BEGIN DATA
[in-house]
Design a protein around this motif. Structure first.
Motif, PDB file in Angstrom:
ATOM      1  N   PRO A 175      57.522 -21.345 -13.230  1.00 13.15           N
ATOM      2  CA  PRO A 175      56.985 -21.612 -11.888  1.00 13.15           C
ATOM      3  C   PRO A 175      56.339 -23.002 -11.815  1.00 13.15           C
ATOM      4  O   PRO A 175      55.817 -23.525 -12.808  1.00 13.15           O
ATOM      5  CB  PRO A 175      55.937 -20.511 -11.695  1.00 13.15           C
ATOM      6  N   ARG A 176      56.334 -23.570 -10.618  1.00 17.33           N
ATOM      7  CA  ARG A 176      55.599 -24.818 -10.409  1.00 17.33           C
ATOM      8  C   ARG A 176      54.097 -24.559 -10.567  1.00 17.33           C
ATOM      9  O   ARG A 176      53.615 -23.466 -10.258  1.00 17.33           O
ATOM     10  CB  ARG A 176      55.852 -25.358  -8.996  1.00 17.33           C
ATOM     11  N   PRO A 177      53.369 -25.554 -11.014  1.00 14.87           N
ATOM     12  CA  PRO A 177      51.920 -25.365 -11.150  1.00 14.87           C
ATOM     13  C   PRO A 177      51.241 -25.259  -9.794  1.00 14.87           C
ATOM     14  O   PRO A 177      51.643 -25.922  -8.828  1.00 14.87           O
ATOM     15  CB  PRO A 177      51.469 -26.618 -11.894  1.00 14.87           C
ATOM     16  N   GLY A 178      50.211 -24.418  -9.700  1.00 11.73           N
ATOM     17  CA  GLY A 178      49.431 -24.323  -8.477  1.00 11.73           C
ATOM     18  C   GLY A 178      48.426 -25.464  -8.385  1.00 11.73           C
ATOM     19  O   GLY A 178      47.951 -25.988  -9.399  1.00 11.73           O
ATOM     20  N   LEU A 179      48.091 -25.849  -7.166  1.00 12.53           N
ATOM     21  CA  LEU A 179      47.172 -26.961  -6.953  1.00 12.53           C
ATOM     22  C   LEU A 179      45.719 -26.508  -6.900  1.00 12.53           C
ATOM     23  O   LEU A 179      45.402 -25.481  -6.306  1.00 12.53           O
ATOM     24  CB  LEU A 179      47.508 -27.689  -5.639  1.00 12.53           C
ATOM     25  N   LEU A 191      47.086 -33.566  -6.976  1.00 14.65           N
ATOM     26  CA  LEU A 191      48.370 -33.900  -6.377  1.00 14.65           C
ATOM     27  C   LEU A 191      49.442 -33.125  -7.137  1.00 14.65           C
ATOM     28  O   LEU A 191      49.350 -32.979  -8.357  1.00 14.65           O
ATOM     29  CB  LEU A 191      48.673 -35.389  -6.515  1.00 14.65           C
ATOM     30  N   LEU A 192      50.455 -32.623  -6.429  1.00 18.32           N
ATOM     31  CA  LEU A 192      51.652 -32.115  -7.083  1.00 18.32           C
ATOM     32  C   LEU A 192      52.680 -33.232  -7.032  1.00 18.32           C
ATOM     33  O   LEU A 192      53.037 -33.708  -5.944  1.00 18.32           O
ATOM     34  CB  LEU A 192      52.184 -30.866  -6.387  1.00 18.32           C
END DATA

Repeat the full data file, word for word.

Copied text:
[in-house]
Design a protein around this motif. Structure first.
Motif, PDB file in Angstrom:
ATOM      1  N   PRO A 175      57.522 -21.345 -13.230  1.00 13.15           N
ATOM      2  CA  PRO A 175      56.985 -21.612 -11.888  1.00 13.15           C
ATOM      3  C   PRO A 175      56.339 -23.002 -11.815  1.00 13.15           C
ATOM      4  O   PRO A 175      55.817 -23.525 -12.808  1.00 13.15           O
ATOM      5  CB  PRO A 175      55.937 -20.511 -11.695  1.00 13.15           C
ATOM      6  N   ARG A 176      56.334 -23.570 -10.618  1.00 17.33           N
ATOM      7  CA  ARG A 176      55.599 -24.818 -10.409  1.00 17.33           C
ATOM      8  C   ARG A 176      54.097 -24.559 -10.567  1.00 17.33           C
ATOM      9  O   ARG A 176      53.615 -23.466 -10.258  1.00 17.33           O
ATOM     10  CB  ARG A 176      55.852 -25.358  -8.996  1.00 17.33           C
ATOM     11  N   PRO A 177      53.369 -25.554 -11.014  1.00 14.87           N
ATOM     12  CA  PRO A 177      51.920 -25.365 -11.150  1.00 14.87           C
ATOM     13  C   PRO A 177      51.241 -25.259  -9.794  1.00 14.87           C
ATOM     14  O   PRO A 177      51.643 -25.922  -8.828  1.00 14.87           O
ATOM     15  CB  PRO A 177      51.469 -26.618 -11.894  1.00 14.87           C
ATOM     16  N   GLY A 178      50.211 -24.418  -9.700  1.00 11.73           N
ATOM     17  CA  GLY A 178      49.431 -24.323  -8.477  1.00 11.73           C
ATOM     18  C   GLY A 178      48.426 -25.464  -8.385  1.00 11.73           C
ATOM     19  O   GLY A 178      47.951 -25.988  -9.399  1.00 11.73           O
ATOM     20  N   LEU A 179      48.091 -25.849  -7.166  1.00 12.53           N
ATOM     21  CA  LEU A 179      47.172 -26.961  -6.953  1.00 12.53           C
ATOM     22  C   LEU A 179      45.719 -26.508  -6.900  1.00 12.53           C
ATOM     23  O   LEU A 179      45.402 -25.481  -6.306  1.00 12.53           O
ATOM     24  CB  LEU A 179      47.508 -27.689  -5.639  1.00 12.53           C
ATOM     25  N   LEU A 191      47.086 -33.566  -6.976  1.00 14.65           N
ATOM     26  CA  LEU A 191      48.370 -33.900  -6.377  1.00 14.65           C
ATOM     27  C   LEU A 191      49.442 -33.125  -7.137  1.00 14.65           C
ATOM     28  O   LEU A 191      49.350 -32.979  -8.357  1.00 14.65           O
ATOM     29  CB  LEU A 191      48.673 -35.389  -6.515  1.00 14.65           C
ATOM     30  N   LEU A 192      50.455 -32.623  -6.429  1.00 18.32           N
ATOM     31  CA  LEU A 192      51.652 -32.115  -7.083  1.00 18.32           C
ATOM     32  C   LEU A 192      52.680 -33.232  -7.032  1.00 18.32           C
ATOM     33  O   LEU A 192      53.037 -33.708  -5.944  1.00 18.32           O
ATOM     34  CB  LEU A 192      52.184 -30.866  -6.387  1.00 18.32           C